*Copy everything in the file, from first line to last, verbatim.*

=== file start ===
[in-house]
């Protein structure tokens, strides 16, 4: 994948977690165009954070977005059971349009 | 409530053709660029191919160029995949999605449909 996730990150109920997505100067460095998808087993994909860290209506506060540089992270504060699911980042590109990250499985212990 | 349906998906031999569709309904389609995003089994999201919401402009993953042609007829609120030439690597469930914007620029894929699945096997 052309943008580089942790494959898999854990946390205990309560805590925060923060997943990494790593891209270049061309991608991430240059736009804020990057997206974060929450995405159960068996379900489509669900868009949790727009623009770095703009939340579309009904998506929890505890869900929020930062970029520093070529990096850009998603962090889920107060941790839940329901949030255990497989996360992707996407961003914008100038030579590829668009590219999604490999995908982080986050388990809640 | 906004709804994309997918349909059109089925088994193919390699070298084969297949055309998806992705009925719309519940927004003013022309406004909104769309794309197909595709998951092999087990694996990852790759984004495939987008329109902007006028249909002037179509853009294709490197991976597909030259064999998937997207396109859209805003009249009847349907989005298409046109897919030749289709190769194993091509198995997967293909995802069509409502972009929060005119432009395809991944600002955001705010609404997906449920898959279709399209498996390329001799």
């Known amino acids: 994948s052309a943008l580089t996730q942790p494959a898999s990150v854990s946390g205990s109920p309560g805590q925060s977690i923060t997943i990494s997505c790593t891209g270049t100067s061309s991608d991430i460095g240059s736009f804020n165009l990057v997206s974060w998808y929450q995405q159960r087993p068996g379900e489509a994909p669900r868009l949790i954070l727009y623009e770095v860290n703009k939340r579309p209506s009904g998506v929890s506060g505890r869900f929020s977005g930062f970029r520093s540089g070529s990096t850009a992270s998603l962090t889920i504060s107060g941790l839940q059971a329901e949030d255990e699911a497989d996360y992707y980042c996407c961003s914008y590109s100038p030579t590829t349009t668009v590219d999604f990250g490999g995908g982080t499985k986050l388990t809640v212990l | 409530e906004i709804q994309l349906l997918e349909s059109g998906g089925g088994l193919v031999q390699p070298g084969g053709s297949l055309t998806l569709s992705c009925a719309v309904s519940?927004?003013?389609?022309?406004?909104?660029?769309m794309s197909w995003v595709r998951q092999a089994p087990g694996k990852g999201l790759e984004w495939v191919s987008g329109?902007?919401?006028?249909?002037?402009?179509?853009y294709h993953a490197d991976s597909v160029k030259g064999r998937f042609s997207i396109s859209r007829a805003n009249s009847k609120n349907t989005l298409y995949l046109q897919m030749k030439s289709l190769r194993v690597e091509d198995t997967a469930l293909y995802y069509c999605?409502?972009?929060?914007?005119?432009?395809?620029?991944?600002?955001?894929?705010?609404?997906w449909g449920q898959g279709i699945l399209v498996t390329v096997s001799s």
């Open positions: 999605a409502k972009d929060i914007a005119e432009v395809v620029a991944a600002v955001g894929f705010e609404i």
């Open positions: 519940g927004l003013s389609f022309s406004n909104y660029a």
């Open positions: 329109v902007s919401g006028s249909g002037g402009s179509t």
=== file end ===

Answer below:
[in-house]
């Protein structure tokens, strides 16, 4: 994948977690165009954070977005059971349009 | 409530053709660029191919160029995949999605449909 996730990150109920997505100067460095998808087993994909860290209506506060540089992270504060699911980042590109990250499985212990 | 349906998906031999569709309904389609995003089994999201919401402009993953042609007829609120030439690597469930914007620029894929699945096997 052309943008580089942790494959898999854990946390205990309560805590925060923060997943990494790593891209270049061309991608991430240059736009804020990057997206974060929450995405159960068996379900489509669900868009949790727009623009770095703009939340579309009904998506929890505890869900929020930062970029520093070529990096850009998603962090889920107060941790839940329901949030255990497989996360992707996407961003914008100038030579590829668009590219999604490999995908982080986050388990809640 | 906004709804994309997918349909059109089925088994193919390699070298084969297949055309998806992705009925719309519940927004003013022309406004909104769309794309197909595709998951092999087990694996990852790759984004495939987008329109902007006028249909002037179509853009294709490197991976597909030259064999998937997207396109859209805003009249009847349907989005298409046109897919030749289709190769194993091509198995997967293909995802069509409502972009929060005119432009395809991944600002955001705010609404997906449920898959279709399209498996390329001799």
């Known amino acids: 994948s052309a943008l580089t996730q942790p494959a898999s990150v854990s946390g205990s109920p309560g805590q925060s977690i923060t997943i990494s997505c790593t891209g270049t100067s061309s991608d991430i460095g240059s736009f804020n165009l990057v997206s974060w998808y929450q995405q159960r087993p068996g379900e489509a994909p669900r868009l949790i954070l727009y623009e770095v860290n703009k939340r579309p209506s009904g998506v929890s506060g505890r869900f929020s977005g930062f970029r520093s540089g070529s990096t850009a992270s998603l962090t889920i504060s107060g941790l839940q059971a329901e949030d255990e699911a497989d996360y992707y980042c996407c961003s914008y590109s100038p030579t590829t349009t668009v590219d999604f990250g490999g995908g982080t499985k986050l388990t809640v212990l | 409530e906004i709804q994309l349906l997918e349909s059109g998906g089925g088994l193919v031999q390699p070298g084969g053709s297949l055309t998806l569709s992705c009925a719309v309904s519940?927004?003013?389609?022309?406004?909104?660029?769309m794309s197909w995003v595709r998951q092999a089994p087990g694996k990852g999201l790759e984004w495939v191919s987008g329109?902007?919401?006028?249909?002037?402009?179509?853009y294709h993953a490197d991976s597909v160029k030259g064999r998937f042609s997207i396109s859209r007829a805003n009249s009847k609120n349907t989005l298409y995949l046109q897919m030749k030439s289709l190769r194993v690597e091509d198995t997967a469930l293909y995802y069509c999605?409502?972009?929060?914007?005119?432009?395809?620029?991944?600002?955001?894929?705010?609404?997906w449909g449920q898959g279709i699945l399209v498996t390329v096997s001799s």
């Open positions: 999605a409502k972009d929060i914007a005119e432009v395809v620029a991944a600002v955001g894929f705010e609404i």
């Open positions: 519940g927004l003013s389609f022309s406004n909104y660029a």
């Open positions: 329109v902007s919401g006028s249909g002037g402009s179509t």